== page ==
Bloody end to al-Qa'ida's last stand in Kandahar

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The last stand of al-Qa'ida, six of whose men have been besieged for more than a month in a hospital in Kandahar, came yesterday at 1.45pm, amid the thump of exploding grenades and bursts of machine-gun fire.

The last stand of al-Qa'ida, six of whose men have been besieged for more than a month in a hospital in Kandahar, came yesterday at 1.45pm, amid the thump of exploding grenades and bursts of machine-gun fire.

For 10 hours, ever since the first attack was made by Afghan troops – advised by US special forces – the young men in the hospital must have known they were going to die.

Rejecting appeals for them to surrender, the al-Qa'ida members fought to the last, the ferocity of their resistance impressing even Afghan and American officers.

It was not a smooth operation. The first attack, at 3.45am, on the five rooms where the men were barricaded on the second floor of the Mirwais hospital, failed. One Afghan soldier was taken to hospital with a bullet in the stomach.

Major Chris Miller, an officer in the 12-member US Special Forces unit advising some 100 Afghan government soldiers, said al-Qa'ida's men had "fought fiercely so Afghan forces were forced to back down." He insisted his own men had played no direct role in the fight.

As the siege continued on a bright but cold morning in Kandahar, there were some signs of desperation among the Afghans. A small fire started in the hospital and was put out by the fire brigade. Apparently, the rooms where the men were hiding were awash with water from the hoses. At one stage, police could be heard talking about a bizarre plan to put an electric cable in the water and electrocute the al-Qaida men.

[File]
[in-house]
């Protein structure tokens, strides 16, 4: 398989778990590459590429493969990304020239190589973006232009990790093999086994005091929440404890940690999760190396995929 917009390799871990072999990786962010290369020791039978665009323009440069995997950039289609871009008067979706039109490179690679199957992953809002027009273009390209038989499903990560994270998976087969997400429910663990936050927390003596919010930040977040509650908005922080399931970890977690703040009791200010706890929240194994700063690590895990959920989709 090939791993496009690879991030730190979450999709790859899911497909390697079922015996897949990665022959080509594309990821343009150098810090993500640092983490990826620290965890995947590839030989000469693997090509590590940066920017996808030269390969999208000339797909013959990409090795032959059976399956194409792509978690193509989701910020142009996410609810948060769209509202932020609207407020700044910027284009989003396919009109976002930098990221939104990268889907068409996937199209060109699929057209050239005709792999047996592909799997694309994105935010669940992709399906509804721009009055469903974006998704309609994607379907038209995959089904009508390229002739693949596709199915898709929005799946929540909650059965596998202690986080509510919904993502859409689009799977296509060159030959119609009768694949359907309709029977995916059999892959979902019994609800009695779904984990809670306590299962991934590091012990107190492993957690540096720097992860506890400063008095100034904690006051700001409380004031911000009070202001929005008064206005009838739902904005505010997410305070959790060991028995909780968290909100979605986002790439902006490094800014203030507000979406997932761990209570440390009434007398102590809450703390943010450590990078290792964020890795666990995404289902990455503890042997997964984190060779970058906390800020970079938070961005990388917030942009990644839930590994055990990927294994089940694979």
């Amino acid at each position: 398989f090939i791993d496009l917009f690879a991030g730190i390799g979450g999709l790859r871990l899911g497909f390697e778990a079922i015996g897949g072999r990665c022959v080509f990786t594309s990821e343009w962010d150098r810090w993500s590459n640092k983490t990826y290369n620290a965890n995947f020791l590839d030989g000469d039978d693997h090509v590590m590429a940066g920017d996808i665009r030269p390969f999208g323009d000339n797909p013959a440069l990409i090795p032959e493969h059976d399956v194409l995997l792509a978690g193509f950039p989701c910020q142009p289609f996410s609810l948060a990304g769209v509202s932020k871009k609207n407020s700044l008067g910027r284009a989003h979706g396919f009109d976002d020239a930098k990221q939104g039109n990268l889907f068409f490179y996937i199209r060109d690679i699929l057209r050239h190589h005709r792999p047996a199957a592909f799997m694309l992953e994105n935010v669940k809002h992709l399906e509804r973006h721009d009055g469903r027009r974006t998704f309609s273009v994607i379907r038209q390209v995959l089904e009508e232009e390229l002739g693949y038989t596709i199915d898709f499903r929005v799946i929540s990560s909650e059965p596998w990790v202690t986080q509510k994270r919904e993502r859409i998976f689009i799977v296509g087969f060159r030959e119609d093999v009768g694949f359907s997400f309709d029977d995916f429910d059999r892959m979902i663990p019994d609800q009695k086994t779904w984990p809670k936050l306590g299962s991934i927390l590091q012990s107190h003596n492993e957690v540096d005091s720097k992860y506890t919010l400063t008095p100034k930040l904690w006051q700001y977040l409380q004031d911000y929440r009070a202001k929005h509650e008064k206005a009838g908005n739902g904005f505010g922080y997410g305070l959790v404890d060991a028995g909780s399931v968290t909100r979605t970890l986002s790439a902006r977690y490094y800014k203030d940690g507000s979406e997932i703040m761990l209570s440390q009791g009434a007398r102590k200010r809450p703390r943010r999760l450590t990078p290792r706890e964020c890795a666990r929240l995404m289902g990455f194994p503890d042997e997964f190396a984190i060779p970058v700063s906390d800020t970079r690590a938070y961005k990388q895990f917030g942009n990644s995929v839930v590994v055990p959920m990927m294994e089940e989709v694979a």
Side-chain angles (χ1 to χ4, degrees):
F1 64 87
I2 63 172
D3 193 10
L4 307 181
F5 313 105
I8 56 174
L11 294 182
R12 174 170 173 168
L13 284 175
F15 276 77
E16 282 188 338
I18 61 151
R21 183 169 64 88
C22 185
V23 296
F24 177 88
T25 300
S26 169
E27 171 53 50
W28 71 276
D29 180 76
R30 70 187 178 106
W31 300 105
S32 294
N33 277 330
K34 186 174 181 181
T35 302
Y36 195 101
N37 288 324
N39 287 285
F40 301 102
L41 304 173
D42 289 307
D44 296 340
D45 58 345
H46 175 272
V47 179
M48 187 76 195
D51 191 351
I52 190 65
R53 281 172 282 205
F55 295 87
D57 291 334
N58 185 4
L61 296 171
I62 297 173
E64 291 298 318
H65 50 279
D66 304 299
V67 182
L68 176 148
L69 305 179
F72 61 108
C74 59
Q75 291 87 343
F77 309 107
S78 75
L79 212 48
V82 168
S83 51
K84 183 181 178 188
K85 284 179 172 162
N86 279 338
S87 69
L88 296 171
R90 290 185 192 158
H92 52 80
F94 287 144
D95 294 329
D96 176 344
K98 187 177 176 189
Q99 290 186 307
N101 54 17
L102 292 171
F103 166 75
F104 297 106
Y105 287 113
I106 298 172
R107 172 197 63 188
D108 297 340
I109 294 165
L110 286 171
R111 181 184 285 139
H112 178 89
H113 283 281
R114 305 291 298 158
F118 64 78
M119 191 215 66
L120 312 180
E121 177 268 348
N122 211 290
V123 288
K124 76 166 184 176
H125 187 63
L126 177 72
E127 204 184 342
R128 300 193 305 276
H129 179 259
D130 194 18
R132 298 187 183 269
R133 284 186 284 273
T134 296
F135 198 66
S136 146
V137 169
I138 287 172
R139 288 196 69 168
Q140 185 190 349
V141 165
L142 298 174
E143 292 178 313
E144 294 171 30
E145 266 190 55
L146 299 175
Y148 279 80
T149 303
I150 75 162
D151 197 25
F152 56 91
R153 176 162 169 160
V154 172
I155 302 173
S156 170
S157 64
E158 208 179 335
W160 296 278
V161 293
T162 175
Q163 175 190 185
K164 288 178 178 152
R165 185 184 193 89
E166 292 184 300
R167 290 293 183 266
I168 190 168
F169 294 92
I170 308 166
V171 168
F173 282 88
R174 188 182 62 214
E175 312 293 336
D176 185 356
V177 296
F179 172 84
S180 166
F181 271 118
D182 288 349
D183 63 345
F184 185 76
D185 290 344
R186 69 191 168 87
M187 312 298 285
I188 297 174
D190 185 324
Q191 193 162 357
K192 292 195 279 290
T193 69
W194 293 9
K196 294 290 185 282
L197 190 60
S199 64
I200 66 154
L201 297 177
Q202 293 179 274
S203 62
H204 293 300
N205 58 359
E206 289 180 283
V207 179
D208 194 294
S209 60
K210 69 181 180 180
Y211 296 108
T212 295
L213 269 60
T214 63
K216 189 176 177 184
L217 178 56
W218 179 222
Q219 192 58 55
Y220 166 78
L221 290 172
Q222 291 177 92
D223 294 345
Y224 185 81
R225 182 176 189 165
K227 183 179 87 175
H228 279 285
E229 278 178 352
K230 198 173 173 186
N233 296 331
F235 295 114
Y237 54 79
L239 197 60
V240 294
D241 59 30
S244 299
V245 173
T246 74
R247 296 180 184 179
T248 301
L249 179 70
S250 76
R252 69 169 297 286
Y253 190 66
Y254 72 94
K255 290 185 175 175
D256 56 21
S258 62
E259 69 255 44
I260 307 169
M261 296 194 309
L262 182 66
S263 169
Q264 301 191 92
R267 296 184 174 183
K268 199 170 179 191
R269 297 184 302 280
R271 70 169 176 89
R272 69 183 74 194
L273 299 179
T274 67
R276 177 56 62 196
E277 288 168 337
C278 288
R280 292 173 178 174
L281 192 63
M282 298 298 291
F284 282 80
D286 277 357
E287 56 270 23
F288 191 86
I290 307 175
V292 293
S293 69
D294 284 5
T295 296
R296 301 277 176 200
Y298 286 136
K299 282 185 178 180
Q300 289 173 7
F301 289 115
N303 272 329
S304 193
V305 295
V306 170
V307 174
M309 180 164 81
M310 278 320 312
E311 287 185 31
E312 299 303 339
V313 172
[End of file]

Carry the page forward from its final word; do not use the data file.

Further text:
In fact, the siege ended more conventionally. The men, all Arabs from Saudi Arabia, Yemen and Algeria, were not well armed. According to Mohammed Rasul, the catering manager of the hospital, who had fed the men until their food was cut off two weeks ago, they "had only one Russian made pistol and a number of grenades."

At exactly 1pm yesterday, the final assault began. There was the sound of four grenades exploding, the sound slightly muffled as if they had blown up inside a room. "There was a huge gun battle," said Major Miller later. There was the occasional pistol shot, possibly the al-Qaida men firing off their last rounds. An Afghan soldier could be seen jumping in through the windows of one of the rooms. Over the next 45 minutes there were a further eight explosions but increasingly – from a distance of about 300 yards – we could hear the ripple of machine gun fire.

"We tried to take them alive but it was not possible," claimed Khalid Pashtunyar, the spokesman for the governor of Kandahar, Gul Agha, and the Afghan Foreign Ministry.

The truth is not clear. Four Afghan soldiers were wounded by grenade fragments or bullets and the rest may not have been in a mood to take prisoners.